Personally, I'm glad that Microsoft has woken up. I think Apple was probably the best thing to happen to Microsoft. In the space I'm in (corporate), it's exciting to see some of the tools MS is rolling out and I'm not talking about Windows or Office. Lync is simple but replaces several tools at once. Dynamics is challenging the giants in CRM. The vision for Kinect in the business world -- think Minority Report -- makes touchscreens look like lite brights. In terms of stock, MSFT looks like a great buy to me. But none of that changes the prevalent dogma on either side of the argument. Dogma such as "[Apple] only cares about making money," "Apple doesn't care about the pro market," and "FCPX isn't a pro app."

I'll leave you with this: "Roads? Where we're going, we don't need roads!"

Perhaps if Dr. Emmit Brown were alive today, he might say, "Desktops? Where we're going, we don't need desktops!"

Dave ©
06-06-2012, 12:13 AM
:evil: just teasing.


It's all good. No worries.

simonpwood
06-06-2012, 03:20 AM
However, I would like to have a desktop Mac, and if Apple either releases a new Mac Pro (doubtful) or an Ivy Bridge Mini with a good GPU (7000M or 600M with 1GB of RAM), then I'll probably go for that. I like having options.

New Mac Pros are coming out in the next 2 weeks. Retailers are out of stock of current Mac Pros; Apple ordered them to be recalled. New stock numbers were uncovered; similar pricing to current models:


MD770LL/A – K5BPLUS,BETTER, BTR-USA
MD771LL/A – K5BPLUS,BEST,BTR-USA
MD772LL/A – K5BPLUS,ULTIMATE,BTR-USA

Gary Huff
06-06-2012, 06:51 AM
Great if true, but I do recall a lot of blatantly false iPad rumors swirling around before that was released.

mcgeedigital
06-06-2012, 06:59 AM
The new replacement for the mac pros may be coming, but it remains to be seen if Apple relies on thunderbolt instead of pci slots in the new form factor.

Gary Huff
06-06-2012, 07:15 AM
It amazes me that people are still ignorant of the fact that while, yes, Thunderbolt is an external PCIe interface, it's still the slowest form of PCIe (4x) when your graphics cards plug into 16x slots.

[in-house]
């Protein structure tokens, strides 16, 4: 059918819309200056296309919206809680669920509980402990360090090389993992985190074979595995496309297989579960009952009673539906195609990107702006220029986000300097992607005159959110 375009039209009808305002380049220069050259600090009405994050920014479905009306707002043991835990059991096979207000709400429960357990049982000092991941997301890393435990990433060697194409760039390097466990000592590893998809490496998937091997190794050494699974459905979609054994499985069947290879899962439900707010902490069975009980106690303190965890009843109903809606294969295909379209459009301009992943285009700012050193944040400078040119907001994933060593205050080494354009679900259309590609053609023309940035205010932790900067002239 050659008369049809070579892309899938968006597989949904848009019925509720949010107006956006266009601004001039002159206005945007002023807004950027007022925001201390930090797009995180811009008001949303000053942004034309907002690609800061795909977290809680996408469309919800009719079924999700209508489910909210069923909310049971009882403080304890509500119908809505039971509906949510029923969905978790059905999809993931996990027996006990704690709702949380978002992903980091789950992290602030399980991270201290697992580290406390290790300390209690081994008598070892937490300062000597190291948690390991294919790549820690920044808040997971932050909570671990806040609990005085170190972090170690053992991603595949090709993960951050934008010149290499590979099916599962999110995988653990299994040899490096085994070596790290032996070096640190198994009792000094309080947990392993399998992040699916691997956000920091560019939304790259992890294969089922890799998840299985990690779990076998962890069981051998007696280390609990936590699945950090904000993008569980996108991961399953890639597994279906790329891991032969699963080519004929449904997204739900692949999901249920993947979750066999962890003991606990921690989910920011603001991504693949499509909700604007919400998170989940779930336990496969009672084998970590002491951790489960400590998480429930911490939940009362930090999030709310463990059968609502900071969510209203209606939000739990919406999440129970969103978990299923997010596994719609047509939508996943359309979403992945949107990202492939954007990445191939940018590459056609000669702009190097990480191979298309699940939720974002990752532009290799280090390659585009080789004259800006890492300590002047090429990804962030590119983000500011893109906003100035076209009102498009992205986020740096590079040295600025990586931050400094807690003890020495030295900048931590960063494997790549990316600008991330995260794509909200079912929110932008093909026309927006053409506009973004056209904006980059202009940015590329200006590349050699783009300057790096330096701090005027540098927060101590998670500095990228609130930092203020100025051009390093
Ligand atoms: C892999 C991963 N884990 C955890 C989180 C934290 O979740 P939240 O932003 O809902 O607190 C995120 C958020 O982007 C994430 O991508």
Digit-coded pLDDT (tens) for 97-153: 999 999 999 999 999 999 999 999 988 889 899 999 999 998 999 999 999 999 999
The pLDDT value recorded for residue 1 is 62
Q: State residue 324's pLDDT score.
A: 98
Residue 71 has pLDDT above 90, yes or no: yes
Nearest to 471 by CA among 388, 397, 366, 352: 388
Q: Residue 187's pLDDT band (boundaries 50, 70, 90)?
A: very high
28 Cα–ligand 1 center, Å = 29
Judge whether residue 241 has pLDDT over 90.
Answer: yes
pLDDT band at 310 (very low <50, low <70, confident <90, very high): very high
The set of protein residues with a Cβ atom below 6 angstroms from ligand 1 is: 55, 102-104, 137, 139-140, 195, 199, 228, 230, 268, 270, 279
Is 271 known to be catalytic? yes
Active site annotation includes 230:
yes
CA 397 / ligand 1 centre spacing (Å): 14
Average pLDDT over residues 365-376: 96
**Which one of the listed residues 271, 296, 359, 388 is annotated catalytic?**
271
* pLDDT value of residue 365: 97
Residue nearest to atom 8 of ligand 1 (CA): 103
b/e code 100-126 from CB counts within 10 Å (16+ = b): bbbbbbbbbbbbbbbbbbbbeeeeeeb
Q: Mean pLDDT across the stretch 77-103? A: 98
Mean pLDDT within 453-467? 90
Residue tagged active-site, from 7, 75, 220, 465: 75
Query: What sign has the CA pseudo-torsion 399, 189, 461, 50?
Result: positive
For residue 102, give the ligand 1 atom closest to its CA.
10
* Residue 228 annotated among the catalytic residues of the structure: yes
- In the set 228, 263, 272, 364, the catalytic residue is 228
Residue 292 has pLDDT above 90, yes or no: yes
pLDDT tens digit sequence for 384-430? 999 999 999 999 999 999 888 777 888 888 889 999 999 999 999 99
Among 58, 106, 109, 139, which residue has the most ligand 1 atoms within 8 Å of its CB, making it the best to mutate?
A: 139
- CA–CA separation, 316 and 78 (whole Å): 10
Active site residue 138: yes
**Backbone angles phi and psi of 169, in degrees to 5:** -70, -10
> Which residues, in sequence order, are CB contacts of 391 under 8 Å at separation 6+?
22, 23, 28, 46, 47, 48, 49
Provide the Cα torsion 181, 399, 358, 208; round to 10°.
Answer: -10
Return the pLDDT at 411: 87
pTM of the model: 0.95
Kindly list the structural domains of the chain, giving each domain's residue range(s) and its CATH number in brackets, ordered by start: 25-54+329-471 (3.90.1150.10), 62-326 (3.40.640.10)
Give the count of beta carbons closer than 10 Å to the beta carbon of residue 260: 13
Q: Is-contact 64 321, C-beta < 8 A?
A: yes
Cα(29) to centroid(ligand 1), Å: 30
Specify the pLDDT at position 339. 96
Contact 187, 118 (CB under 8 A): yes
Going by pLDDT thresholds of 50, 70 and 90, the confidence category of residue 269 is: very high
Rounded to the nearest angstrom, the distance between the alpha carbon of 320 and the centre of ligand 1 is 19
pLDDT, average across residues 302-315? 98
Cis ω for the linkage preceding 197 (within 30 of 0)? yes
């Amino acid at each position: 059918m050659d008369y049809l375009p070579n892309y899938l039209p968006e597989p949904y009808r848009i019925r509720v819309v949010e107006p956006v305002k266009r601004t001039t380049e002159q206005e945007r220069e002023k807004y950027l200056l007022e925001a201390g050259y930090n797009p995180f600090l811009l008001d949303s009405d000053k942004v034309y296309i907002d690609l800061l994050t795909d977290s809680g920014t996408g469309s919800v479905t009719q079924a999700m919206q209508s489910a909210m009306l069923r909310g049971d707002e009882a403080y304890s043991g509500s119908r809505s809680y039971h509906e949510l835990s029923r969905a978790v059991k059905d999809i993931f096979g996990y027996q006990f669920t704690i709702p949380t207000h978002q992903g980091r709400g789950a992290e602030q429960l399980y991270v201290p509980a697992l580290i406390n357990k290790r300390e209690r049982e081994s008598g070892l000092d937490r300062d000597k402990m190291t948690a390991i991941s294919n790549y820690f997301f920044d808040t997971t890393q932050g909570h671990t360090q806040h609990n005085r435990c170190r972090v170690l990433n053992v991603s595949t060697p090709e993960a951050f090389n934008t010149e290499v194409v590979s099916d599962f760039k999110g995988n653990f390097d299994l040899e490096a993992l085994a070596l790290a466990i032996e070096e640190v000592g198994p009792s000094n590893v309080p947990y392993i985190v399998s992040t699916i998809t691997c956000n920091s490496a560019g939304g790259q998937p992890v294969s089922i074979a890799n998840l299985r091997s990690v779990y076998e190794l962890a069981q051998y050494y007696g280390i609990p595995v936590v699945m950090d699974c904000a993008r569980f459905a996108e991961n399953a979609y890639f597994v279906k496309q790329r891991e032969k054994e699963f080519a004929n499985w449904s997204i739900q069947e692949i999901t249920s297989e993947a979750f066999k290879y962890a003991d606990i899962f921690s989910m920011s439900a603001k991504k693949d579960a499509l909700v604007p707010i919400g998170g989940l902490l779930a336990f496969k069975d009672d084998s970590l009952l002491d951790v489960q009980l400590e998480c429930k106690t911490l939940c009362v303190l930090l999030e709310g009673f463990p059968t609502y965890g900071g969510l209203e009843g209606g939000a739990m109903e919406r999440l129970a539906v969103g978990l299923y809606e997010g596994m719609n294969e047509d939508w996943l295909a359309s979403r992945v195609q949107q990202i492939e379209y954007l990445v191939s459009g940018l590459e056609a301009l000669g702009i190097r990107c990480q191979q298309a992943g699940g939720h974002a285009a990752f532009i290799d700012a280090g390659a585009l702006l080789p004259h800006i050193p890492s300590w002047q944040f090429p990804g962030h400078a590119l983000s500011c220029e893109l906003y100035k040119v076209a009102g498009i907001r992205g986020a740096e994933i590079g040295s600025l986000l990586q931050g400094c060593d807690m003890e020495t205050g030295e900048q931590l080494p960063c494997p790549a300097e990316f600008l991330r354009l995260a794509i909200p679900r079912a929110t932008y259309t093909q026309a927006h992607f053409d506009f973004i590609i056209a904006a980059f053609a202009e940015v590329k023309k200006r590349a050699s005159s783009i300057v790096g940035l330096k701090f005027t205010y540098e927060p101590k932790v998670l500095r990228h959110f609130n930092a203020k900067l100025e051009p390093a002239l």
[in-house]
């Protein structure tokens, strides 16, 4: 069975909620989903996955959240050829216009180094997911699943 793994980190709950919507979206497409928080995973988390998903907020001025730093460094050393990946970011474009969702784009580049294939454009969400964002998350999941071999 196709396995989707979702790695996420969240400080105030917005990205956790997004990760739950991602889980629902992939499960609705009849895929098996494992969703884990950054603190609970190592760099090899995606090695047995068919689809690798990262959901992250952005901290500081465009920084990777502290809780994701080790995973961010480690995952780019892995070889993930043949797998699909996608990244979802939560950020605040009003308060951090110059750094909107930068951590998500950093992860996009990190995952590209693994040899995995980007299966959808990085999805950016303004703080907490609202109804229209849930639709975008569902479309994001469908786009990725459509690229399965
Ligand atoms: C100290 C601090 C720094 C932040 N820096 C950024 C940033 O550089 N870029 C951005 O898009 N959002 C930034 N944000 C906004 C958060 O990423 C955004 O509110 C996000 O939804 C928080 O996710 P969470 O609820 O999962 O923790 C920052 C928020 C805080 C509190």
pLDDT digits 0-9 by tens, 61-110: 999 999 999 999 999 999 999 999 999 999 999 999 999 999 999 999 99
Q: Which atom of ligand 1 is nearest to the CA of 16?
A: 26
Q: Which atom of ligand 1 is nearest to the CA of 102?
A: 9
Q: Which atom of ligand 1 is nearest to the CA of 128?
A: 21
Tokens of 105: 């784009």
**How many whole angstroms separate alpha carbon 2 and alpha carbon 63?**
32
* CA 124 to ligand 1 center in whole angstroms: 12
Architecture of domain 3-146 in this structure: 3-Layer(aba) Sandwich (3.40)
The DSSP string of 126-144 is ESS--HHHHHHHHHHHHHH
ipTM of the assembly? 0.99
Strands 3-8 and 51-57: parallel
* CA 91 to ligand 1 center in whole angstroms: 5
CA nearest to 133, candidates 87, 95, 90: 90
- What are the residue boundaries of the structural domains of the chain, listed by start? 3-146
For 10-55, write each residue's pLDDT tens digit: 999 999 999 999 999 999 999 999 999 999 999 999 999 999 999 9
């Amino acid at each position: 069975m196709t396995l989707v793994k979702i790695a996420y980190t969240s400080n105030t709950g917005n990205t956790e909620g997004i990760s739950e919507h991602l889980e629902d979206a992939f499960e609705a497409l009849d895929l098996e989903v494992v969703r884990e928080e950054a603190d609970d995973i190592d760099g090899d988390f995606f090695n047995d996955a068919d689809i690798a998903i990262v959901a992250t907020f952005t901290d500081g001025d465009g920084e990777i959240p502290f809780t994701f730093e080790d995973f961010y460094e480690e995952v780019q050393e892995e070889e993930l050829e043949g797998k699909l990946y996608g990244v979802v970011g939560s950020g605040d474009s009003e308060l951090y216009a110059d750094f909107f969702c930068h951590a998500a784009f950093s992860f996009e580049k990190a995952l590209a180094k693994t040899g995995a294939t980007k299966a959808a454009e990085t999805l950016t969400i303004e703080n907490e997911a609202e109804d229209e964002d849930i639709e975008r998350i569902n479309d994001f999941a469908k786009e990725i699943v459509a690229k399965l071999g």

ZazaCast
06-06-2012, 07:39 AM
I think Apple was probably the best thing to happen to Microsoft.

I think you have this backwards, less we forget that Microsoft bailed-out Apple in 1997.... without that, there probably wouldn't be an Apple today.
Can't we all just get along? :)


http://www.youtube.com/watch?v=WxOp5mBY9IY

A least take a listen to Steve @ 7:05 .... he was a very wise man. :beer:

Gary Huff
06-06-2012, 07:40 AM
Can't we all just get along? :)

It's not about getting along, it's about showing how "hip" you are.

Postmaster
06-06-2012, 08:23 AM
It amazes me that people are still ignorant of the fact that while, yes, Thunderbolt is an external PCIe interface, it's still the slowest form of PCIe (4x) when your graphics cards plug into 16x slots.

Thunderbolt is way overrated. IMHO it´s just a crook for laptops.
Doesn´t make much sense on a workstation, especially if it has USB3.
But now with Windows PCs and Tablets coming with TB - the hype is high.

Frank

David Jimerson
06-06-2012, 08:30 AM
It takes perhaps 10 hours or less to burn the price difference between machines.

Not sure how you arrive at that.


That's 1 hour every 3.6 months if you turnover/depreciate machines 1x every three years. So if a Mac works at a 1-hour-per-3.6-month advantage over a PC (please note my comment about Lion above) then it's well worth it. If a PC works just as well then that's fine as well.

I never go three years. It's about $900 every 1.5-2 years.

Jordan Scott Price
06-06-2012, 08:44 AM
I use a Mac for all of my freelance and personal stuff and PC workstations in the office at work. Both have issues, and both work very well.

If only I could take the best from both...

Dave ©
06-06-2012, 10:04 AM
It's not about getting along, it's about showing how "hip" you are.

Exactly! Which is why I use my free-to-me Blackberry instead of an iPhone even though the touchscreen on my Torch keeps locking up. It's why I drive a 10 year old Toyota Camry and my wife drives an 8 year old Toyota Sienna even though we should get a new car every 3-4 years like everyone else (exaggeration). It's why I rent my home by choice instead of "owning" it...you know, 'cause when we tell people that we rent, they just look at us with awe.

It's definitely all about being cool! Or hip. Or rad. Or whatever the current word is. ;)

:) :) :) *

* I have liberally applied the Kohli method of denoting sarcasm.

BTW, I'm not in the least bit offended by this discussion. I'm hoping that others aren't offended by my posts either. I'm not trying to attack anyone so please let me know if that's how my posts are coming across.

Dave ©
06-06-2012, 10:33 AM
Not sure how you arrive at that.



I never go three years. It's about $900 every 1.5-2 years.


I arrived at that # this way: